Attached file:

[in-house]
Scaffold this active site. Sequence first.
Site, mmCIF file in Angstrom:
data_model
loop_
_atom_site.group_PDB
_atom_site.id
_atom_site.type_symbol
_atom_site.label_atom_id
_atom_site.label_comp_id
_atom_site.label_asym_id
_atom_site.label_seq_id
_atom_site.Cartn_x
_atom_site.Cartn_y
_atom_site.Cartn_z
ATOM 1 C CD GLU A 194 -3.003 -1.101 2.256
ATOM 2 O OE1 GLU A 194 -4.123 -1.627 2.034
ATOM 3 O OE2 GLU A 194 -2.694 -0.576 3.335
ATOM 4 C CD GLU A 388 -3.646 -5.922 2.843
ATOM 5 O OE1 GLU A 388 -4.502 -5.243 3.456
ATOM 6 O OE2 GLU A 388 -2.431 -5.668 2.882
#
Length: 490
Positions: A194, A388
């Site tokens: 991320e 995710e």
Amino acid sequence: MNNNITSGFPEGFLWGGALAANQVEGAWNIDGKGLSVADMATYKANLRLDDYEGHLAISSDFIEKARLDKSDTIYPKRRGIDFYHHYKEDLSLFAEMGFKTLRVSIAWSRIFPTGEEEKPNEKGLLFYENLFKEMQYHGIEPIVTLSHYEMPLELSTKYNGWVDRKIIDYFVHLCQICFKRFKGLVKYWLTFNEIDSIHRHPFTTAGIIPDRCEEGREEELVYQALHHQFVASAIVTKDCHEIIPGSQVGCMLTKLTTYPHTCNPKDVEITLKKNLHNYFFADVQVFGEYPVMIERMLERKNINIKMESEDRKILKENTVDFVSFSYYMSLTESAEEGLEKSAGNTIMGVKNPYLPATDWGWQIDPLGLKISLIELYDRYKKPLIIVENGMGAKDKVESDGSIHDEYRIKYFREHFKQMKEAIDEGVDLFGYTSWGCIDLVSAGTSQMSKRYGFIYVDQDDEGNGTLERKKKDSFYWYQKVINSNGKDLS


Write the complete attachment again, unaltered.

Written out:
[in-house]
Scaffold this active site. Sequence first.
Site, mmCIF file in Angstrom:
data_model
loop_
_atom_site.group_PDB
_atom_site.id
_atom_site.type_symbol
_atom_site.label_atom_id
_atom_site.label_comp_id
_atom_site.label_asym_id
_atom_site.label_seq_id
_atom_site.Cartn_x
_atom_site.Cartn_y
_atom_site.Cartn_z
ATOM 1 C CD GLU A 194 -3.003 -1.101 2.256
ATOM 2 O OE1 GLU A 194 -4.123 -1.627 2.034
ATOM 3 O OE2 GLU A 194 -2.694 -0.576 3.335
ATOM 4 C CD GLU A 388 -3.646 -5.922 2.843
ATOM 5 O OE1 GLU A 388 -4.502 -5.243 3.456
ATOM 6 O OE2 GLU A 388 -2.431 -5.668 2.882
#
Length: 490
Positions: A194, A388
């Site tokens: 991320e 995710e």
Amino acid sequence: MNNNITSGFPEGFLWGGALAANQVEGAWNIDGKGLSVADMATYKANLRLDDYEGHLAISSDFIEKARLDKSDTIYPKRRGIDFYHHYKEDLSLFAEMGFKTLRVSIAWSRIFPTGEEEKPNEKGLLFYENLFKEMQYHGIEPIVTLSHYEMPLELSTKYNGWVDRKIIDYFVHLCQICFKRFKGLVKYWLTFNEIDSIHRHPFTTAGIIPDRCEEGREEELVYQALHHQFVASAIVTKDCHEIIPGSQVGCMLTKLTTYPHTCNPKDVEITLKKNLHNYFFADVQVFGEYPVMIERMLERKNINIKMESEDRKILKENTVDFVSFSYYMSLTESAEEGLEKSAGNTIMGVKNPYLPATDWGWQIDPLGLKISLIELYDRYKKPLIIVENGMGAKDKVESDGSIHDEYRIKYFREHFKQMKEAIDEGVDLFGYTSWGCIDLVSAGTSQMSKRYGFIYVDQDDEGNGTLERKKKDSFYWYQKVINSNGKDLS